It’s the place in the kitchen where family and friends congregate, the homework gets completed, the party is started and the conversation is shared.  A large kitchen island is on many “must have” lists when it comes time to remodel the kitchen.  Where did these island dreams come from?  The kitchen island was certainly not a common fixture in homes built before the 1970s.  Kitchens were originally built as a separate room in the home, self-contained and typically not visible from other rooms in the house.  It was a room where meals were prepared and either eaten at the kitchen table or in the dining room.  As women began to enter the workforce in the late seventies and early eighties lifestyles began to change, due to busy schedules and activities the traditional family dinner was becoming a less frequent event.

An example of a 1970's kitchen.

An example of a 1970’s kitchen.

Maybe it was an opportunity to reconnect with the family, but as families became busier the kitchen seemed to come out from behind its four walls.  Walls actually came down, no longer relegated to a closed-off room where only cooking and eating took place, the kitchen was now a part of the living/family room.  The great room concept was born and it seems like we’ve never looked back.  Kitchen islands have become a necessary component of the open great room concept. Without a lot of walls, the kitchen island became the divider of sorts, serving multiple functions depending on its size and shape.

This kitchen island helps divide the kitchen space from the living space. Dura Supreme Cabinetry design by Ispiri Design Build Remodel.

A kitchen island where a wall once stood.

A kitchen island where a wall once stood.

Kitchen islands of today come in every size and shape imaginable, from a simple base cabinet that offers additional prep space, to the elaborate cooking center or clean-up zone.  There can be seating at counter height, bar height or even dropped down to table height. Kitchen islands can look like a piece of furniture, match the surrounding cabinetry, or be an entirely different finish and door style. 

Angled Kitchen Island. Dura Supreme Cabinetry design by Gwen Adair of Cabinet Supreme by Adair. Photo by Ryan Hainey.

The furniture look.

The furniture look.

Bar height seating combined with a clean-up zone and prep space. Dura Supreme Cabinetry design by Chris Chidester of The Cabinet Center. Photo by John Welsh.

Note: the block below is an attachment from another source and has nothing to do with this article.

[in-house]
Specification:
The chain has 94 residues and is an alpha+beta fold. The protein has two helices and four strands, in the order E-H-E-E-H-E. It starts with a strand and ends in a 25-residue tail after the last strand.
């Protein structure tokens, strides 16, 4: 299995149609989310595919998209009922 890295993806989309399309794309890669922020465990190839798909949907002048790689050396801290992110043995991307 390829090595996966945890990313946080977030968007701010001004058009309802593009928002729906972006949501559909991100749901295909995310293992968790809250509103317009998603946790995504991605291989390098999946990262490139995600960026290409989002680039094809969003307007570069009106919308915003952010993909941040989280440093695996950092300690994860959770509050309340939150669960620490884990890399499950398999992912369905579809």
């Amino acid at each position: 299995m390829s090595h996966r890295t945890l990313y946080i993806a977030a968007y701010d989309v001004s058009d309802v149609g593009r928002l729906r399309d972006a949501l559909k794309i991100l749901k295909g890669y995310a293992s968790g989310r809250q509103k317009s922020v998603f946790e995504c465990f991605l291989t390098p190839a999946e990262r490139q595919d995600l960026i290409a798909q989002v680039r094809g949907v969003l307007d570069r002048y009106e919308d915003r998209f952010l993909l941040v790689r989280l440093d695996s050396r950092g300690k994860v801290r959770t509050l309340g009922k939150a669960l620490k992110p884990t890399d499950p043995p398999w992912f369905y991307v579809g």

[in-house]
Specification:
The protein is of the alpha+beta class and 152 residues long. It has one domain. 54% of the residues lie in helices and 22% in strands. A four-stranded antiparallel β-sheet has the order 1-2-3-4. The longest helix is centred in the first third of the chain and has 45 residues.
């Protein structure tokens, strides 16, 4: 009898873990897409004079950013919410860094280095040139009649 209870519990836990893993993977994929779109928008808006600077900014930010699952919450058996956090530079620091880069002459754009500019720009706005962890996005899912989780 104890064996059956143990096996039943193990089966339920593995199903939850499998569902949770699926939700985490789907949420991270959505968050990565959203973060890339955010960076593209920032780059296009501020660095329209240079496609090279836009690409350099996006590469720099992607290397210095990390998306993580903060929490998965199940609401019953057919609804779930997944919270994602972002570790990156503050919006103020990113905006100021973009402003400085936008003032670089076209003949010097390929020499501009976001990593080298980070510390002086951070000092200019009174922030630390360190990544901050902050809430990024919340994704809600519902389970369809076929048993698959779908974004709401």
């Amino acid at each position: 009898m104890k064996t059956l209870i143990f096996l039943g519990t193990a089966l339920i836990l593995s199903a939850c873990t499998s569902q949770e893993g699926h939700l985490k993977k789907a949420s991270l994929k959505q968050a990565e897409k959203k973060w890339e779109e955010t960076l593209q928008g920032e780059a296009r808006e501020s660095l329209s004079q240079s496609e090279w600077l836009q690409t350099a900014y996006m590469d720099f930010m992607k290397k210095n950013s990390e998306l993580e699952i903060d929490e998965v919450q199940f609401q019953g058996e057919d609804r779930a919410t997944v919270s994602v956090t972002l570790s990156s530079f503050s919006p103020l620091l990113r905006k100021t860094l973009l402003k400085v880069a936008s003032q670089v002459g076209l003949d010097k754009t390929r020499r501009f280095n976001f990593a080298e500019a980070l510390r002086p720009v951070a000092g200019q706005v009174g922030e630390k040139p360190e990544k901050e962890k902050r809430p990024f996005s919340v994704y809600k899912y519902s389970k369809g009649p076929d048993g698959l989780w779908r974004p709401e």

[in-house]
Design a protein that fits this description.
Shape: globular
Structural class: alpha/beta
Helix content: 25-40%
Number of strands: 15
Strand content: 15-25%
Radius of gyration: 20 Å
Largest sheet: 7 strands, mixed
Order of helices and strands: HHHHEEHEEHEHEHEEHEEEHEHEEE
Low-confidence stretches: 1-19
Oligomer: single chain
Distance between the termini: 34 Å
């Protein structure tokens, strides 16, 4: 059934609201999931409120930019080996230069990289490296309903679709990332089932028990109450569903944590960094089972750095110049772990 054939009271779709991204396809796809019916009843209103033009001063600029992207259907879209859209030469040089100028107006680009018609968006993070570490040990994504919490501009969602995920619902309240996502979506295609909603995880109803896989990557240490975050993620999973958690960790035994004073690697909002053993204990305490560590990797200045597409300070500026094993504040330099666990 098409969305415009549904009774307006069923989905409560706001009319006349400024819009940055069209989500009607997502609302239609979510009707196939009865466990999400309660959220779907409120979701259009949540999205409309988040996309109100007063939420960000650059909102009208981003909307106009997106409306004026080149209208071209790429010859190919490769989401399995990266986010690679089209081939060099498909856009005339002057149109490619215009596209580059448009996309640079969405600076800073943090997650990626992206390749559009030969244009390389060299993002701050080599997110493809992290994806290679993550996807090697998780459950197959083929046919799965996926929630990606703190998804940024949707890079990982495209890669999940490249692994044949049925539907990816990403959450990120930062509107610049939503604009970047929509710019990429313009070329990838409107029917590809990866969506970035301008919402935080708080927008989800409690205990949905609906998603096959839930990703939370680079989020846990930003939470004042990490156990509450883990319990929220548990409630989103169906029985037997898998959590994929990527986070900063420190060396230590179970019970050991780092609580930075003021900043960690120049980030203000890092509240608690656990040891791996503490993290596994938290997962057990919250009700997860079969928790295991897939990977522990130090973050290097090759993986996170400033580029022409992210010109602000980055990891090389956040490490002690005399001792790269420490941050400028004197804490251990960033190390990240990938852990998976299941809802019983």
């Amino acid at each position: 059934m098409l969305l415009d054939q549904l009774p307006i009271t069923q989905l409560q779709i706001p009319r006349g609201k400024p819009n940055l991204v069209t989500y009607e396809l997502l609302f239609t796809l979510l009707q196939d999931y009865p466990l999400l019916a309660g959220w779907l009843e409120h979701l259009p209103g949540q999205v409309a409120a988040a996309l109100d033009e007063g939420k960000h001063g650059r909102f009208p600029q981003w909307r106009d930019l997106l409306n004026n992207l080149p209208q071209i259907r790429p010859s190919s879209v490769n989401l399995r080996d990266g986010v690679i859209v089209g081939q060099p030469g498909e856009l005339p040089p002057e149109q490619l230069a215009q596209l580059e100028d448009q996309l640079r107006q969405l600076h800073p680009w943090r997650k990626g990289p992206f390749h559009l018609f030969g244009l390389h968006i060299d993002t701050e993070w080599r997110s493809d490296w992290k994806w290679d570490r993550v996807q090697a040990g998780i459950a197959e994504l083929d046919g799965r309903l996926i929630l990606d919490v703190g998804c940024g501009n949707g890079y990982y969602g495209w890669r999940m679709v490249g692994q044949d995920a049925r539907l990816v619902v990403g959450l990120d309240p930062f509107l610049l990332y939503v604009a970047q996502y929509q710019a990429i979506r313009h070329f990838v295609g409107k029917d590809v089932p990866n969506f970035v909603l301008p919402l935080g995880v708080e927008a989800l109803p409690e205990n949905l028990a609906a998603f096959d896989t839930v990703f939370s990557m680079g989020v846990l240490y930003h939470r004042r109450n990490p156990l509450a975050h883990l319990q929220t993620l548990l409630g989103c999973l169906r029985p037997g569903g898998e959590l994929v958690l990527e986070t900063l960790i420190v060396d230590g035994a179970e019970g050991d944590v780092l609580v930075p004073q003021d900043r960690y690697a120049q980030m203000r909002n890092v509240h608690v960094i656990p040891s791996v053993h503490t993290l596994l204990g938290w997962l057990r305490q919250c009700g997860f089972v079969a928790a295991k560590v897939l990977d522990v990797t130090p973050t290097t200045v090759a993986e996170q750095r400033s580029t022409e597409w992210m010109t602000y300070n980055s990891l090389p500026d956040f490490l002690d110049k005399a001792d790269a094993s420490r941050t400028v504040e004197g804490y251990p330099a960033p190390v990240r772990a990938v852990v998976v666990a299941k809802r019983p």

An L-Shaped Kitchen Island with a Breakfast Nook. Dura Supreme Cabinetry design by Michels Homes. Photo by Landmark Photography.

A furniture styled kitchen island with counter height seating. Dura Supreme Cabinetry design by Sandra Brannock & Cynthia Alsaif of NVS Kitchen & Bath Inc., Virginia.

This kitchen island dramatically contrasts the white cabinetry and includes a clean-up center. Dura Supreme Cabinetry design by Helena Steele of Golden Gate Kitchens. Photo by Christopher Stark Photography.

This kitchen island dramatically contrasts the white cabinetry and includes a clean-up center. Dura Supreme Cabinetry design by Helena Steele of Golden Gate Kitchens. Photo by Christopher Stark Photography.

The possibilities are endless but there are rules to follow.  The most important of these being space requirements.  The minimum recommended clearance around an island is 42″ for one cook, any less than this will diminish the overall functionality of the space.

A kitchen island with a weathered wood finish with a gray stain and a furniture-style look.

How will you design your kitchen island? Talk to you Dura Supreme Cabinetry designer to learn how to create the kitchen island of your dreams!

Mandi Juskiewicz is the Marketing Communications Coordinator for Dura Supreme Cabinetry with 15+ years of experience in graphic design, web design, multi-media communications, photography, and social media technology.  Her accolades include the distinction of being named Kitchen Cabinetry Marketing Specialist of the Year 2019 in the 2019 Content Creator Awards held by CV Magazine and achiever of the Houzz Influencer Award. Her role at Dura Supreme allows her to curate the “best of the best” designs, cutting edge products and fabulously functional Dura Supreme kitchens across the country and feature them here for inspiration and design ideas!

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